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More Waste at WIPP

Thousands of New Mexicans remain highly concerned about health, safety, and environmental problems at the Waste Isolation Pilot Plant (WIPP), the world's first nuclear waste repository. They continue to strongly oppose various proposals of the Department of Energy (DOE) and their contractor, Westinghouse, to weaken health and safety requirements and to expand WIPP's mission and the types of waste allowed. They are also concerned about the uneven performance of the New Mexico Environment Department (NMED), the regulatory agency which decides what changes can be made in the operating permit and how to enforce the provisions of the permit. Moreover, WIPP has not met DOE's own promises to Congress, which nonetheless in November rewarded WIPP by increasing its funding by 16 percent above the president's budget.


More than one thousand individuals sent cards and organizations representing several thousands sent detailed comments opposing the proposed expansion of WIPP by the September 27 comment deadline. More than 98 percent of the commentors overwhelmingly opposed the change in the permit, which would allow DOE to ship waste that is not fully characterized (examined) and to open some waste drums at WIPP. The people urged the NMED to deny the request. In addition, the New Mexico Attorney General's Office, the Environmental Evaluation Group, and the U.S. Environmental Protection Agency (EPA) also identified numerous major deficiencies in the request.

Among the many inadequacies of the request were:

  • It constitutes a total reversal of the operating safety principles that require WIPP to "start clean and stay clean," including never opening drums in order to prevent spreading contamination throughout the facility.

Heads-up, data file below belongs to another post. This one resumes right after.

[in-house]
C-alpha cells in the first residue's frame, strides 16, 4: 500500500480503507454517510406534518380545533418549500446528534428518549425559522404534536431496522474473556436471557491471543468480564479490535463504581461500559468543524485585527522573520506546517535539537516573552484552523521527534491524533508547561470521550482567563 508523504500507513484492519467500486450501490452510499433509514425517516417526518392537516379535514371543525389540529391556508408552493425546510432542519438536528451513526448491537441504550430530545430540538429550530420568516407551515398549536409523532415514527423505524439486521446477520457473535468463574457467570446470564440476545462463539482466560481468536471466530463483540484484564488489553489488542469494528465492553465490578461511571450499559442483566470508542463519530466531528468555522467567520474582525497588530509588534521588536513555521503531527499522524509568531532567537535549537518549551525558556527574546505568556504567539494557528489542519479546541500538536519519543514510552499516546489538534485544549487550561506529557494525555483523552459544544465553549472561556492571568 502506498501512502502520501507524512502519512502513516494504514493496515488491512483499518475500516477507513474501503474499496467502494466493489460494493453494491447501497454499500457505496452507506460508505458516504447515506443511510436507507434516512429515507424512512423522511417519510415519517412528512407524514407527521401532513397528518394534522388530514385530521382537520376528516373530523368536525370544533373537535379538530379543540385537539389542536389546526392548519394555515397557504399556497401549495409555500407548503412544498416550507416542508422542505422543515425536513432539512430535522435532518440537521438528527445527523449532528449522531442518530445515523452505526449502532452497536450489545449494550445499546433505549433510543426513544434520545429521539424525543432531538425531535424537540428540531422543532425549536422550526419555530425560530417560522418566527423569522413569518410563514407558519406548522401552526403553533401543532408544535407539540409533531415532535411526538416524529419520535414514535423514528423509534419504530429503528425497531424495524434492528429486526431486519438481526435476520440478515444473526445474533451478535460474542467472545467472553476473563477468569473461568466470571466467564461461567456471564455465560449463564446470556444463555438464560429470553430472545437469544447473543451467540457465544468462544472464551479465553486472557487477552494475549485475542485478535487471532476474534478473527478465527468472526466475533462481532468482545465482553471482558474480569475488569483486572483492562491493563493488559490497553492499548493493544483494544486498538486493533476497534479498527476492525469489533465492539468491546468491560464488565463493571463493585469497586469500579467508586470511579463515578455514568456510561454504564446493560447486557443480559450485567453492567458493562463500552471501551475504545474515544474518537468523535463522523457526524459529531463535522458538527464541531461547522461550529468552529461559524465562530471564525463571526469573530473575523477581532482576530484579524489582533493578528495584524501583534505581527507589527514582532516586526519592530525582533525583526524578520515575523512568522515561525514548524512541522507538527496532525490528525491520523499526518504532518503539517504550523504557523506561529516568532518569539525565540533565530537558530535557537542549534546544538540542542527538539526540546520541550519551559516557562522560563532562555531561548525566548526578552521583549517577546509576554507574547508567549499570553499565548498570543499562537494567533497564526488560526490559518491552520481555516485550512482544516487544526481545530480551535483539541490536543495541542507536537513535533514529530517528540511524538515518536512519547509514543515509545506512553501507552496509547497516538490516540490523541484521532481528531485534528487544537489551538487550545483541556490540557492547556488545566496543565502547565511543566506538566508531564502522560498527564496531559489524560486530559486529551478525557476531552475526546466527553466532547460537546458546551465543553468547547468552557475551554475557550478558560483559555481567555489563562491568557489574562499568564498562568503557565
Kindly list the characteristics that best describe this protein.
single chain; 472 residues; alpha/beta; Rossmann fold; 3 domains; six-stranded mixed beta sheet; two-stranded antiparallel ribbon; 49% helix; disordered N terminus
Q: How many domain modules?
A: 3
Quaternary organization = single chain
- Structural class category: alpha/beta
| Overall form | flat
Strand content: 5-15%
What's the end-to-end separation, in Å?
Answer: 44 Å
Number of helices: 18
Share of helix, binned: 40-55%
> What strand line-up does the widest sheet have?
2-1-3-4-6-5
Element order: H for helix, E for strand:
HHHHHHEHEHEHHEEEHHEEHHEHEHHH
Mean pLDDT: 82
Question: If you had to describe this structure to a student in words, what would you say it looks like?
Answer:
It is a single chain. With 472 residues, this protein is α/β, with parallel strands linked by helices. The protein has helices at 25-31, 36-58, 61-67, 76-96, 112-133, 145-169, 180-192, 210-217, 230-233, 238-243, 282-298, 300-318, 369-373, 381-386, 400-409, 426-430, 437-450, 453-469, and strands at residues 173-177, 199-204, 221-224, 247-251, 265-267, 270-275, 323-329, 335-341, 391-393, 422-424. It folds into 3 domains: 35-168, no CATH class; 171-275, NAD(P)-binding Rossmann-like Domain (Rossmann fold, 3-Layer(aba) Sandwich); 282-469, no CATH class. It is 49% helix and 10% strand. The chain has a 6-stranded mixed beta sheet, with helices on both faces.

• It does not demonstrate that the changes would minimize the possibility of releases, as required by regulations.
  • It does not ensure that waste will be adequately characterized before it can be shipped to WIPP, as required by regulations.

While these fundamental deficiencies should result in NMED denying the request, it could instead issue a Notice of Deficiency to allow DOE and Westinghouse to address the problems. In such a situation, NMED implicitly would be supporting the expansion, although it could provide some additional restrictions on how the changes would be implemented. As of December 17, NMED has announced neither a decision to deny nor issued the deficiency notice.


While some DOE officials like to describe WIPP as being for "low-level" waste and "trash—gloves and booties," the facility is for transuranic (plutonium-contaminated) waste, so low-level waste is prohibited. But DOE also wants to bring waste that is so highly radioactive that it must be "remotely handled" by machines to prevent dangerous exposures to people. Such RH waste is prohibited by NMED in the operating permit, and by EPA in its certification of WIPP for contact-handled waste.

However, DOE has always included RH waste in its plans, and the federal law (WIPP Land Withdrawal Act of 1992) allows such waste at WIPP. So DOE has been saying for months that it would be asking NMED and EPA to permit such waste. Citizens have consistently said that such waste should not come to WIPP unless it can meet all of the characterization requirements that other wastes must meet, something that DOE does not intend to do.

In the Budget Submission to Congress in April, DOE said that it would send the RH modification to NMED by August 2001. Because of strong objections to the draft request, DOE has now decided that it cannot submit the modification until the summer of 2002, at the earliest.

Mixed waste prohibited in Panel 1